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National Collections Weekend - RHS Rosemoor
Written by {Penny Ross} @ June 7, 2010 4:54 pm

After a week of May frosts and generally inclement weather, Devon's national collections weekend dawned bright and clear .  Visitors were treated to a spectacular display of 27 National Collections, plus sales of plants from some of the collection holders and from more than 20 specialist nurseries.

Several displays were represented by informative display boards and superb photographic images eg. Diane Rowe's collection of Dierama spp, and John Carter's Water Irises and Caltha;   others, such as Lady Pru Quicke's Magnolia collection and the Knaphill Azaleas by beautiful floral sprays in vases. Cut foliage of the Pittosporum collection from Bicton College showed the many diverse species which make up this genus, while Jo Hynes's Cyclamen collection was represented on stunning display boards showing the wonderful marbled foliage on many of the species. Display boards with lovely photos of Kenneth Ashburner's  Betula (Silver Birch) showed how well these trees stand out on featureless winter days.

Several of the collection holders were on hand and happy to chat to visitors about their collections -  Chris & Lorraine Birchall with their collection of Rhodohypoxis and x Rhodoxis,  boasting lovely flowering displays in large terracotta pans and  Malcolm Pharoah from  Marwood Hill Gardens with the collections of Astilbe, Tulbaghia and Iris ensata .  Dick and Lorna Fulcher’s collection of Agapanthus was represented by a fascinating selection of variegated agapanthus - of  special interest to gardeners is an example of a variegated cultivar which is (uniquely) deciduous and not only hardy, but also floriferous.  Apparently the plant was selected at Notcott’s garden by a gardener called Fred and was for many years known as ‘Not Fred’ before the commercial imperative took over and it was re-named ‘Silver Moon’ (!)

Drs John and Jean Twibell were in evidence with their national collections of, respectively, Artemisia and Nerium OleanderArtemisia  are  remarkable for their aromatic charms and culinary uses:  these include the aniseed scented French Tarragon (A. dranunculus) and wormwood,  A. absinthum, traditionally used in the potent absinthe and as a bitter note in Vermouth, and more recently in Harry Potter’s  ‘Draught of the Living Death’.   Artemisia annua also has an important medicinal use in modern anti-malarial therapy as the search for new non-resistant drugs intensifies.  As yet the active component, which represents around 1% of the dry weight of leaf material, cannot be synthesised, and John has been involved in Cambridgeshire based trials to develop improved varieties with a greater concentration.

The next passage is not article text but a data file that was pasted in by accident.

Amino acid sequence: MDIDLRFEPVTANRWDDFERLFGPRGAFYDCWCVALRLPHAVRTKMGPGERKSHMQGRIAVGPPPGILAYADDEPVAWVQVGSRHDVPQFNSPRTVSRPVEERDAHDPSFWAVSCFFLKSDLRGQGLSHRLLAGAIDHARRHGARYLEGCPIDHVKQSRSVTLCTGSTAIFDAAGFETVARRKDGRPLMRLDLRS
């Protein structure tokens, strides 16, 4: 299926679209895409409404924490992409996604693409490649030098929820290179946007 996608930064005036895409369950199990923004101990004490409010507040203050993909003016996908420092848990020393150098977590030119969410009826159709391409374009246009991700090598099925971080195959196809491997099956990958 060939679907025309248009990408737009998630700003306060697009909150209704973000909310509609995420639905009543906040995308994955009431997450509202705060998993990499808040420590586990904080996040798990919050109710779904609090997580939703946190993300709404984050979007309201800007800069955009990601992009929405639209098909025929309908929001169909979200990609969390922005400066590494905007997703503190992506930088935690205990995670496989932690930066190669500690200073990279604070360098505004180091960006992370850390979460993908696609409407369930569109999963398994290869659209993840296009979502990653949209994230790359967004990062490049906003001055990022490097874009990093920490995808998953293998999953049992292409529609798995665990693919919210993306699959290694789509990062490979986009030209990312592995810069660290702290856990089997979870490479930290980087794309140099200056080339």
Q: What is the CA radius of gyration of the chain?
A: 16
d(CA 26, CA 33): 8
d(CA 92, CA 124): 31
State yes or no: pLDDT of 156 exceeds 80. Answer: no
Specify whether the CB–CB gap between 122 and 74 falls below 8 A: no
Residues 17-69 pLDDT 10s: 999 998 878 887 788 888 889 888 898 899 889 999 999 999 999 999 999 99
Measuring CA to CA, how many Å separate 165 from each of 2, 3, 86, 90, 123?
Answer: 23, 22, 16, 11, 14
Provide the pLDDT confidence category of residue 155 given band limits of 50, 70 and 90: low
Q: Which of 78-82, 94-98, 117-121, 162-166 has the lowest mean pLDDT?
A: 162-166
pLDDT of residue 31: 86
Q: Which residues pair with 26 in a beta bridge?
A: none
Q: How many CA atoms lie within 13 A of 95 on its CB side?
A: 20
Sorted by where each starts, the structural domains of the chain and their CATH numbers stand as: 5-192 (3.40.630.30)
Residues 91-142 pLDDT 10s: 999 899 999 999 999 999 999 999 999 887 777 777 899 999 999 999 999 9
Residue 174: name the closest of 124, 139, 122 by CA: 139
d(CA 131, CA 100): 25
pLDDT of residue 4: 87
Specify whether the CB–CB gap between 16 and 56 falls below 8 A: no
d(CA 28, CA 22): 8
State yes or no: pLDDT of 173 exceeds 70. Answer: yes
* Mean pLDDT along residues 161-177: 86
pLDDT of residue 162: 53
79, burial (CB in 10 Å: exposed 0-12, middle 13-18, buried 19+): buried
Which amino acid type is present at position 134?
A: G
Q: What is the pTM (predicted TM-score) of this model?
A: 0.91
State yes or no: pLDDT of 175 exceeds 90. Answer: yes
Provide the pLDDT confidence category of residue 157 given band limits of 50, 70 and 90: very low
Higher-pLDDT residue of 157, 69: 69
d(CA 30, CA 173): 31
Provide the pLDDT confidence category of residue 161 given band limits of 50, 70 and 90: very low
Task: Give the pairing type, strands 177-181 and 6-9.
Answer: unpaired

Howard and Sally Wills brought with them a magnificent collection of Sempervivum and Jovivarba, a significant proportion of which had received the Award of Garden Merit in last year’s RHS trials.  Visitors were especially fascinated by the Wills’ other collection of Phormium – not only the live plants in pots but also the striking technicolor images produced by scanning leaf material on a flat-bed scanner.

Rosemoor  holds two national collections within its gardens: Ilex and Cornus and a large and interesting exhibit of cut foliage was assembled by members of staff.  Several members of the Society enjoyed a Saturday morning later in June going around the collection of Cornus kousa with our President and Rosemoor's curator, Chris Bailes and enjoyed his wonderful talk on the subject.  Jonathan Hutchinson, who helps maintain Lady Anne's garden at Rosemoor was also in evidence with impressive collections from his collections of Scadoxus and Veltheimia & Urginea.  Finally there were  superb displays from David Cann's Ruscus collection and from Edmund and Rita Heaton's collections of Sisyrinchium, Olysnium, Solenomelus and the Tigridieae tribe

Special thanks to collection holders from beyond the Devon area who brought with them the collections of Papaver orientale and the Super Poppy series, held by Water Meadow Nursery and from Somerset, the Passiflora collection and a selection of Paeonia from Kelway’s nursery.

Many thanks to Georgina Craig for her hard work as always in organising this exceptional event and to everyone who helped bring the weekend together, especially Edna Squires and Howard & Sally Wills.  Thanks also to the people who manned the Devon Group publicity stand.
Derek Burdett did a fine job in organising the 20 or so nurseries from Devon and neighbouring counties.

Thanks to Patricia Stout for the photographs and to Malcolm Pharoah who helped to write this account. For much more information about all of the collections' displays, please see our Autumn Newsletter.


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